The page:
Dressing up in silly (or scary) costumes, having fun with friends, indulging in yummy treats. Kids of all ages enjoy this spooky holiday. But according to Kidsafe.org, only 1/3 of parents talk to their kids throughout the year about Halloween safety, yet nearly 3/4 report having Halloween safety fears. Read on for a few simple ways to help keep your family safe.
Only choose store bought costumes and accessories that are labeled ‘flame resistant.’ Make sure clothing fits well (including shoes), and pick bright colors that make your child more visible in the dark. Masks can make it harder for your child to breathe or see clearly. If possible, use non-toxic makeup instead to complete their costume. And if your child is carrying a prop sword or knife, it should be made of rubber or soft plastic.
Before heading out, add reflective tape or stickers to your child’s costume. It helps them be seen in the dark. Give your child a flashlight with fresh batteries, and only visit homes with outside lights on. Remind your kids about everyday safety like looking left, right, and left again before crossing the street. Kids should also stay on sidewalks – cutting through yards lead to accidents.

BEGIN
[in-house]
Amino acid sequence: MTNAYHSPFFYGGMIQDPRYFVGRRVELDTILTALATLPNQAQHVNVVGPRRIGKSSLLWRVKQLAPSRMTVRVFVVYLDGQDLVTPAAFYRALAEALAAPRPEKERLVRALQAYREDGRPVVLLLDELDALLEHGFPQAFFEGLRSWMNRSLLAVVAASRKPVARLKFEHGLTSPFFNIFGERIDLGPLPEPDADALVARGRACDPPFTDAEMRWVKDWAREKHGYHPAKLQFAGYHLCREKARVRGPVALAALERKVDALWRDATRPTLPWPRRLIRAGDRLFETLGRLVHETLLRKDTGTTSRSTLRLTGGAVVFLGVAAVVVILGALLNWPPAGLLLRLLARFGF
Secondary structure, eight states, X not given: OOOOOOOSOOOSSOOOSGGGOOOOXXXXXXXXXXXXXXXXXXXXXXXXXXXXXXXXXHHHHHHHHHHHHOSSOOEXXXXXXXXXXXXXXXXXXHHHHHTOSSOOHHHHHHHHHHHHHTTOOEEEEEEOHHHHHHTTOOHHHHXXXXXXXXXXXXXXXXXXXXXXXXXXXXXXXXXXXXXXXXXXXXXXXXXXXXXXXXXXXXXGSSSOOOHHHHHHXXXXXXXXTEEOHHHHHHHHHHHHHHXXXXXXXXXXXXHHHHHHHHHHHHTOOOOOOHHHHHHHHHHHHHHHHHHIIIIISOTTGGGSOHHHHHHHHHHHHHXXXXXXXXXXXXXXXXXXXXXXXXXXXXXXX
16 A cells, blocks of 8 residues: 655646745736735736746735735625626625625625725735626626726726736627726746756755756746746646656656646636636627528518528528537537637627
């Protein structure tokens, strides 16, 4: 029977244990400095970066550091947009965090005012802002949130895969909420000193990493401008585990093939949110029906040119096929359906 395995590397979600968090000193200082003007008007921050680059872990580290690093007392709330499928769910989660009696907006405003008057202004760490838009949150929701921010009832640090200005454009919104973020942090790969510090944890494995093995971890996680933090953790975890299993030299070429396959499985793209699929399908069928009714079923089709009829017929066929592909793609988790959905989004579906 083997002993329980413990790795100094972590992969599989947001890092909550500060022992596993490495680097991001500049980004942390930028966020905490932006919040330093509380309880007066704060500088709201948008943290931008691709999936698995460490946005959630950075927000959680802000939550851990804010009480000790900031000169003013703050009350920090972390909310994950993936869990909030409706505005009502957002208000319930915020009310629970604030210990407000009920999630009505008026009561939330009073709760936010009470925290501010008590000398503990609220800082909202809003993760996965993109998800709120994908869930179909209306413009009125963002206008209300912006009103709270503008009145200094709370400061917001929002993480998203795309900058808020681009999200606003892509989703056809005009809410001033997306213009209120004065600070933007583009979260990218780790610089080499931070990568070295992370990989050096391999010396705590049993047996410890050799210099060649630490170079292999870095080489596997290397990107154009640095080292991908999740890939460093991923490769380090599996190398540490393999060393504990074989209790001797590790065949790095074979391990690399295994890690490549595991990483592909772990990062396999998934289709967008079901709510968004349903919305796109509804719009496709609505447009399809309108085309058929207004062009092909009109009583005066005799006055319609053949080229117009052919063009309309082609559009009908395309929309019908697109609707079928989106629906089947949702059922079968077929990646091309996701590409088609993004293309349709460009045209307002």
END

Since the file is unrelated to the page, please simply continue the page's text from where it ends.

Who needs a chaperone?
Kids under age 12 need to trick or treat with an adult. If your child is older than 12, make sure he or she can reach you by cell phone. Even if your tween is mature enough to go out alone, they should stay in familiar areas and go in groups. They should also have a pre-planned route and a set time to be home.
Screen candy before diving in.
It can be tempting for kids (and adults) to sneak a few pieces when there’s lots of candy in their bags. But it’s important to inspect treats and candy before you eat them. Throw out anything that’s not completely wrapped or in its original wrapper. If nut allergies are a problem, check all treats carefully. And popcorn and hard candy aren’t recommended for kids under four – both are choking hazards.
Driving safely matters.
Even if you aren’t taking part in the fun, it’s important to be extra vigilant when kids are out trick-or-treating. This is usually between 5:30 and 9:30 pm. Slow down, especially at residential neighborhoods, eliminate distractions inside the car so you can focus on the road, and look twice for kids at intersections, on medians and on curbs.